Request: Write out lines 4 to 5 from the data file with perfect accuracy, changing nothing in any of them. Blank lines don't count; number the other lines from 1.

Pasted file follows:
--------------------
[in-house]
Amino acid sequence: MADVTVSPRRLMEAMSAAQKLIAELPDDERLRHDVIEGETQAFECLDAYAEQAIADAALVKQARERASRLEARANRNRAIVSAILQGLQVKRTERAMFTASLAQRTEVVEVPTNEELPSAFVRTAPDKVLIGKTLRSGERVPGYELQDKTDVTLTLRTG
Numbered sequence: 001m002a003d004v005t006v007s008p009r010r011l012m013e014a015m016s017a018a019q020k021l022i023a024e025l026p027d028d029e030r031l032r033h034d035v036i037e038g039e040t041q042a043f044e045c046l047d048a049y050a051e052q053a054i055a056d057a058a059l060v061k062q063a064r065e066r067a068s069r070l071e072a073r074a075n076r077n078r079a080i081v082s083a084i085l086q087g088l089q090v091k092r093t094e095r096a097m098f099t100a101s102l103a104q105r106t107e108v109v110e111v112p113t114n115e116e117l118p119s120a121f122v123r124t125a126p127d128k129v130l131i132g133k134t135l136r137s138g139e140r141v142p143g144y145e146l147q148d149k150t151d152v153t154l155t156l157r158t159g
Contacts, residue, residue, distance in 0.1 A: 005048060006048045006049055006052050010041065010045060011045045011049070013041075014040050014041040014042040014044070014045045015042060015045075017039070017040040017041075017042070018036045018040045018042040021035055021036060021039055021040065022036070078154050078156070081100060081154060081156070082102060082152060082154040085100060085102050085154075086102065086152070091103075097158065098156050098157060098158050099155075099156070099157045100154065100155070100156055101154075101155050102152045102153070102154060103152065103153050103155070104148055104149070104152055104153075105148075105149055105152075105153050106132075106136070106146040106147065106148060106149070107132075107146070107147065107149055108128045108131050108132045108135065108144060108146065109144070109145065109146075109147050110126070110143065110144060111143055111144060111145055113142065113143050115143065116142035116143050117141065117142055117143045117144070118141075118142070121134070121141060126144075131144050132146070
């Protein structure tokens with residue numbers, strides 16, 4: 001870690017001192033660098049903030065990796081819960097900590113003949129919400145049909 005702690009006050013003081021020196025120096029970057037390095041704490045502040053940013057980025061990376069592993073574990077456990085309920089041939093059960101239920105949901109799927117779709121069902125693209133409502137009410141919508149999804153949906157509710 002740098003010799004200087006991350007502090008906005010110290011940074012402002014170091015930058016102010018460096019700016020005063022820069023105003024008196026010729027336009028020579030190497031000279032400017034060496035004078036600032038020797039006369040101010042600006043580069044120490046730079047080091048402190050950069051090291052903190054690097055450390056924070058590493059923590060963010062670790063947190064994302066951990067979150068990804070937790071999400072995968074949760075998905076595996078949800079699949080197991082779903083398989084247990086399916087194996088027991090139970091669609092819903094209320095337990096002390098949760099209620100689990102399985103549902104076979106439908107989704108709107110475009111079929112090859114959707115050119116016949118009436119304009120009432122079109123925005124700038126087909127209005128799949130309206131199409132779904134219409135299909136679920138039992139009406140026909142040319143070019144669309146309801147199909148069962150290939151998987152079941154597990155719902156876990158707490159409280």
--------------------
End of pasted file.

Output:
Contacts, residue, residue, distance in 0.1 A: 005048060006048045006049055006052050010041065010045060011045045011049070013041075014040050014041040014042040014044070014045045015042060015045075017039070017040040017041075017042070018036045018040045018042040021035055021036060021039055021040065022036070078154050078156070081100060081154060081156070082102060082152060082154040085100060085102050085154075086102065086152070091103075097158065098156050098157060098158050099155075099156070099157045100154065100155070100156055101154075101155050102152045102153070102154060103152065103153050103155070104148055104149070104152055104153075105148075105149055105152075105153050106132075106136070106146040106147065106148060106149070107132075107146070107147065107149055108128045108131050108132045108135065108144060108146065109144070109145065109146075109147050110126070110143065110144060111143055111144060111145055113142065113143050115143065116142035116143050117141065117142055117143045117144070118141075118142070121134070121141060126144075131144050132146070
């Protein structure tokens with residue numbers, strides 16, 4: 001870690017001192033660098049903030065990796081819960097900590113003949129919400145049909 005702690009006050013003081021020196025120096029970057037390095041704490045502040053940013057980025061990376069592993073574990077456990085309920089041939093059960101239920105949901109799927117779709121069902125693209133409502137009410141919508149999804153949906157509710 002740098003010799004200087006991350007502090008906005010110290011940074012402002014170091015930058016102010018460096019700016020005063022820069023105003024008196026010729027336009028020579030190497031000279032400017034060496035004078036600032038020797039006369040101010042600006043580069044120490046730079047080091048402190050950069051090291052903190054690097055450390056924070058590493059923590060963010062670790063947190064994302066951990067979150068990804070937790071999400072995968074949760075998905076595996078949800079699949080197991082779903083398989084247990086399916087194996088027991090139970091669609092819903094209320095337990096002390098949760099209620100689990102399985103549902104076979106439908107989704108709107110475009111079929112090859114959707115050119116016949118009436119304009120009432122079109123925005124700038126087909127209005128799949130309206131199409132779904134219409135299909136679920138039992139009406140026909142040319143070019144669309146309801147199909148069962150290939151998987152079941154597990155719902156876990158707490159409280």